Dr Philip DIxon, Director of ATL Cymru, also went on to say: “The advent of computers and the internet has obviously provided us with great tools unknown to previous generations. Our children are growing up in a technological age and will need to be digitally literate to survive and prosper in the twenty first century. However, as with all advances we need to tread carefully. Some research suggests that too much computer work can be bad for us all let alone young children. So we need a healthy mix of learning and enjoyment from a variety of sources.”
Plaid Cymru Shadow Education and Skills Minister Mid and West AM Simon Thomas said: “Plaid Cymru’s election campaign in 2007 had a policy of free laptop computers for pupils. In the One Wales government we delivered on that pledge to those pupils most in need. This policy provided a level playing field for those who did not have access to a computer at home. Smart devices are part of the world of work and our everyday lives. As a parent and an elected representative I think we should embrace technology and not try and ban children from using them. There of course has to be a balanced approach between the use of technology and traditional methods of learning. There is evidence that smart screens can stimulate in an inappropriate way but this is best handled by the class teacher. Pupils often outstrip teachers in their skilful use of modern computing but we also need to teach coding to create, as well as use, programmes. We need young people equipped with the skills that can make the Welsh workforce a global competitor and just as importantly the skills to access knowledge throughout their lives.”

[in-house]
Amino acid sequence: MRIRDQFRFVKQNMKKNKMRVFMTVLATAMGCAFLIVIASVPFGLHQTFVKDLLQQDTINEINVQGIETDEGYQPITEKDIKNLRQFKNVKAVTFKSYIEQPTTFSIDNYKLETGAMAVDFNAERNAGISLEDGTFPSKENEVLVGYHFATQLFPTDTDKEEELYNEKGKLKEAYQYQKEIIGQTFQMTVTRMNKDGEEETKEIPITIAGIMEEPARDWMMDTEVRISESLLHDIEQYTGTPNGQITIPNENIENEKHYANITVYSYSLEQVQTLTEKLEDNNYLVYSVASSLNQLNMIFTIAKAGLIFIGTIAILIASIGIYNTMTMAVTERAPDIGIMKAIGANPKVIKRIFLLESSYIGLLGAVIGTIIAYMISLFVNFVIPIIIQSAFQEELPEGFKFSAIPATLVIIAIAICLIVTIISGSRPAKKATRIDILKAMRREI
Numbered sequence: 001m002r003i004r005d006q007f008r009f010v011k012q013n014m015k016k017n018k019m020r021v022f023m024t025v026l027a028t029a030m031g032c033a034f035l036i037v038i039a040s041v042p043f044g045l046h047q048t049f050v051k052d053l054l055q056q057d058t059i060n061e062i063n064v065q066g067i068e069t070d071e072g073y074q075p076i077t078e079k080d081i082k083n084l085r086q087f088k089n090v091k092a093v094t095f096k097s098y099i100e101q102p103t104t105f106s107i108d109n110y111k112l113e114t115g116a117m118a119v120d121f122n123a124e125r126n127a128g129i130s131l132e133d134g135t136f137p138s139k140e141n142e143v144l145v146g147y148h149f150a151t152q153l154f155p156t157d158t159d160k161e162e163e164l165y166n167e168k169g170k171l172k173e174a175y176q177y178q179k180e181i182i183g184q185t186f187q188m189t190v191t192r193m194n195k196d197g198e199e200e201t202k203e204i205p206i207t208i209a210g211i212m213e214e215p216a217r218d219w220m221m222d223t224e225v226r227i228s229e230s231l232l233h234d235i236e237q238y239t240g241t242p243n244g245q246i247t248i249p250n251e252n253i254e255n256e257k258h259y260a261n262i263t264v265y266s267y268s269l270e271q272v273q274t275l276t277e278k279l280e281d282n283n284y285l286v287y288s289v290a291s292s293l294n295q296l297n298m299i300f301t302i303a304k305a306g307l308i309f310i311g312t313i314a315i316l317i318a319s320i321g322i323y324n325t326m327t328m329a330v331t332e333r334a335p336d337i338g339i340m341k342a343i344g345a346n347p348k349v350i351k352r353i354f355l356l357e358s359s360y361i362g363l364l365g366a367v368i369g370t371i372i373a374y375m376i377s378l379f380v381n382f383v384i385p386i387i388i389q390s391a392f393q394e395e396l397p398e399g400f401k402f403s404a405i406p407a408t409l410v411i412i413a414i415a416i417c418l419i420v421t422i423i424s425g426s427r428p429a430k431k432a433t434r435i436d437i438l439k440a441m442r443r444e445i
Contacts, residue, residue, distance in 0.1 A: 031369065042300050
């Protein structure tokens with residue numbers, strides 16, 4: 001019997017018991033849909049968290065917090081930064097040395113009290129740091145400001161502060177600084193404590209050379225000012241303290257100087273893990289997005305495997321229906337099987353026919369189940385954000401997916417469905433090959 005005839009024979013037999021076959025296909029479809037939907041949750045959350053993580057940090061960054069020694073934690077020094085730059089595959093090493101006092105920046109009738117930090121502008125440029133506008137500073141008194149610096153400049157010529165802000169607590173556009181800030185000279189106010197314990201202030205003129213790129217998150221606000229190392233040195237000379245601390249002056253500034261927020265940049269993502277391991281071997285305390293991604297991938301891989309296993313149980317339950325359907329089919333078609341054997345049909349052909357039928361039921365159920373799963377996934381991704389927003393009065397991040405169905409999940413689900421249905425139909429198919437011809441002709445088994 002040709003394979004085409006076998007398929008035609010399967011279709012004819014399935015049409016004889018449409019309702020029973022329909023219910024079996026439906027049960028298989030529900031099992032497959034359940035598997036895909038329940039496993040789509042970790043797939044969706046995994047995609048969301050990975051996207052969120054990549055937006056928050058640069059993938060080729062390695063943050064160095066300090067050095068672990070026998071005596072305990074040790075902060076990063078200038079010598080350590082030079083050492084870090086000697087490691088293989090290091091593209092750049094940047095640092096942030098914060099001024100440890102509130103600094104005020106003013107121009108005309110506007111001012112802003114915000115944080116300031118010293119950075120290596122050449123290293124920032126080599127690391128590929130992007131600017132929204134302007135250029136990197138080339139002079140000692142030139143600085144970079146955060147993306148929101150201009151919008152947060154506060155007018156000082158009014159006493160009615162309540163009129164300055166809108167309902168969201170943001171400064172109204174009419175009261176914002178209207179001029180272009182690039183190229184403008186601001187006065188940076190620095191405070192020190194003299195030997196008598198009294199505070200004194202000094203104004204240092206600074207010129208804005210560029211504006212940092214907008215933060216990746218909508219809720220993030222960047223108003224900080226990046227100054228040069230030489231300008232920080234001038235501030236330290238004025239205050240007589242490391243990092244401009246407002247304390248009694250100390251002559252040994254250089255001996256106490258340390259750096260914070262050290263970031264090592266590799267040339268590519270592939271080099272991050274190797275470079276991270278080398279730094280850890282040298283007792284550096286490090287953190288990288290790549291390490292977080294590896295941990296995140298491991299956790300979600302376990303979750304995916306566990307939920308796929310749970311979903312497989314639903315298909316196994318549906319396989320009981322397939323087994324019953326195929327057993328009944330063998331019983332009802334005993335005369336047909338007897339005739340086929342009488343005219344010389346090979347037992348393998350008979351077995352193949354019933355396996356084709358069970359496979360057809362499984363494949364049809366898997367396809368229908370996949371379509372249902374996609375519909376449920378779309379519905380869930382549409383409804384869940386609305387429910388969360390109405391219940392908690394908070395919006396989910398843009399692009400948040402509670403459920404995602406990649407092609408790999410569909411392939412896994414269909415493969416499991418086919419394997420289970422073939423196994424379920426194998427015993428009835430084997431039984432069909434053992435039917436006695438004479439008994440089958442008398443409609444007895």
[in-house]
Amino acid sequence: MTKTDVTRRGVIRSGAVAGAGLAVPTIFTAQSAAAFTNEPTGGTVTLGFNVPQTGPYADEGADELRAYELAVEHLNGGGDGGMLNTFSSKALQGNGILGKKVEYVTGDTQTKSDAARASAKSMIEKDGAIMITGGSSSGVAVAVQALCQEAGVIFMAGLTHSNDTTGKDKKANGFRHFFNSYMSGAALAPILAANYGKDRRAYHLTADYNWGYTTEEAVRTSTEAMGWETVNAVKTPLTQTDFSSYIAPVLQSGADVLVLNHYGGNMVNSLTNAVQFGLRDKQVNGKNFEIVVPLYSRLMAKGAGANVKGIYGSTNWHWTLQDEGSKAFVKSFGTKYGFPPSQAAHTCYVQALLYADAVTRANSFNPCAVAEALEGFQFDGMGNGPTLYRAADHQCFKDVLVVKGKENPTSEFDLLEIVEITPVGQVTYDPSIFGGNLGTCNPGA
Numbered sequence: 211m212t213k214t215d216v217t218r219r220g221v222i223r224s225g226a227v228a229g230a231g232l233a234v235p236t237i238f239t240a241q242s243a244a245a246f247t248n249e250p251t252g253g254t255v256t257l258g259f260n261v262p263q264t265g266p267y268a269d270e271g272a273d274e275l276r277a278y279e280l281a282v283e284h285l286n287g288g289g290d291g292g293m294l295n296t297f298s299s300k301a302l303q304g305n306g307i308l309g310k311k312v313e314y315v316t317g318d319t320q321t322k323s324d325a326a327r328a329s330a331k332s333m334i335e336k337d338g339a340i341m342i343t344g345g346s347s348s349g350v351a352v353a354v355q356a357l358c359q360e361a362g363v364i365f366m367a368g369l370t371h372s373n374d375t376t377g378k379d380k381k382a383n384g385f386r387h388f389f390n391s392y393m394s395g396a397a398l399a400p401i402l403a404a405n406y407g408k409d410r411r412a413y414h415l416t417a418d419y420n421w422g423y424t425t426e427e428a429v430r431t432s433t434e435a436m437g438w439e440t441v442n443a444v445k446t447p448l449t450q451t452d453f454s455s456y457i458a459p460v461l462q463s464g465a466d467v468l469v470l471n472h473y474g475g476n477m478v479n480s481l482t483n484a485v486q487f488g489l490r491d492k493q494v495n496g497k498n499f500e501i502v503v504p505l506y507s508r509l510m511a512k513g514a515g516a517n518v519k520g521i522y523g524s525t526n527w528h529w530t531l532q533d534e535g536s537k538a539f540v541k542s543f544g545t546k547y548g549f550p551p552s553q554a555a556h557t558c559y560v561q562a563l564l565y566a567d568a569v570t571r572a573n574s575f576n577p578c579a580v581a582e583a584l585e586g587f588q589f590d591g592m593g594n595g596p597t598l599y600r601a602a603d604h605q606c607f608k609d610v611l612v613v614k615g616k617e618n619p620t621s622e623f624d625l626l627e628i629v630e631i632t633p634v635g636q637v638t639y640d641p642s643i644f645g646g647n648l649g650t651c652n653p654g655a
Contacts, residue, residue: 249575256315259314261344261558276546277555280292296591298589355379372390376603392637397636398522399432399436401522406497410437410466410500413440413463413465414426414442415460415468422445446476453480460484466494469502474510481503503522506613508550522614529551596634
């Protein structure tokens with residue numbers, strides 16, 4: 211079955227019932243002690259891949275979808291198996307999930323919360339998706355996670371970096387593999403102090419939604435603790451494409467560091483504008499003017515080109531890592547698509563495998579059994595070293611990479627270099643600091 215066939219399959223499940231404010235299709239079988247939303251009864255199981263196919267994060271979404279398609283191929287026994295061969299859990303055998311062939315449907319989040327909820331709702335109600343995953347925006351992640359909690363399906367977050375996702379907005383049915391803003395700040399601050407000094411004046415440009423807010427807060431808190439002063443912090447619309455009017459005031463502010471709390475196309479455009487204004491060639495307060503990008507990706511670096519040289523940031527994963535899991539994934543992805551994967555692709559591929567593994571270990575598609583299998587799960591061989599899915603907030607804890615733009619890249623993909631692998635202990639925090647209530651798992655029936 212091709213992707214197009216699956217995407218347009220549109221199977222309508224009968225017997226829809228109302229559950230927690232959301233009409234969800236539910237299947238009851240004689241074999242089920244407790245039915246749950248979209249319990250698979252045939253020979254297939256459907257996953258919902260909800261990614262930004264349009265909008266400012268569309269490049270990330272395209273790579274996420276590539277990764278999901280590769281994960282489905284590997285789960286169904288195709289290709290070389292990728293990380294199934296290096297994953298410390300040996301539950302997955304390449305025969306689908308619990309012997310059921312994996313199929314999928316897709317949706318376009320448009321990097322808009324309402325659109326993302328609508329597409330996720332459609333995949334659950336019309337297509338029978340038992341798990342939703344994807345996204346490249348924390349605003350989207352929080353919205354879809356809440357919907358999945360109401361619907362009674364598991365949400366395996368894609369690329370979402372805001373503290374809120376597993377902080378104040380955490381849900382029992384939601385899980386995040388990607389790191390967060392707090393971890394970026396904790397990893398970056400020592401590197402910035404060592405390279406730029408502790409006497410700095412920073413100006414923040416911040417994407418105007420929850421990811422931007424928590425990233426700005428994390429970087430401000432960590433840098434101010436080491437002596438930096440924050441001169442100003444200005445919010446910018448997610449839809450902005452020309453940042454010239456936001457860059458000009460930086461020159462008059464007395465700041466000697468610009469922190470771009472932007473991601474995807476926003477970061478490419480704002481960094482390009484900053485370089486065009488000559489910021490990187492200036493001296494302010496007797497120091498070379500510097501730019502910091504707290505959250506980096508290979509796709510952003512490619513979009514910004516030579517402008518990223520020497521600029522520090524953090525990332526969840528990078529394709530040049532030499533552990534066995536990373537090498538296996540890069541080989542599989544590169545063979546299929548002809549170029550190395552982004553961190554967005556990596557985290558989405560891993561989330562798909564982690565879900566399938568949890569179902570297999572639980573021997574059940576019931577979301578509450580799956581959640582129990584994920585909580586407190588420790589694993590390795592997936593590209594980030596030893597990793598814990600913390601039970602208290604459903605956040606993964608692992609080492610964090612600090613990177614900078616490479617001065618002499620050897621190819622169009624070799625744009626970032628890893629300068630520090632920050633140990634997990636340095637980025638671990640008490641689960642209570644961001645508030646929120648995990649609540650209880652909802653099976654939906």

In the US research has also highlighted problems with pupils and mobile phone use, an increasing issue here in Wales. Academics at the Ohio University, Illinois State University and Nebraska University found out that students sending and receiving messages while studying actually scored lower test grades. 145 undergraduates took part in the research.
In the report it stated: “It is a common occurrence to observe students who are physically present, yet mentally preoccupied by non-course-related material on their mobile devices. As mobile devices have deeply saturated the college student population, this problem will likely continue to pose a significant obstacle.”
Some lecturers and universities are in favour of incorporating this technology into lessons, others want to see an outright ban on their use. The research went on to state: “Perhaps one of the biggest challenges instructors face in the 21st Century college classroom is the struggle of retaining student interest and engagement while students remain connected to the outside world through their mobile devices.”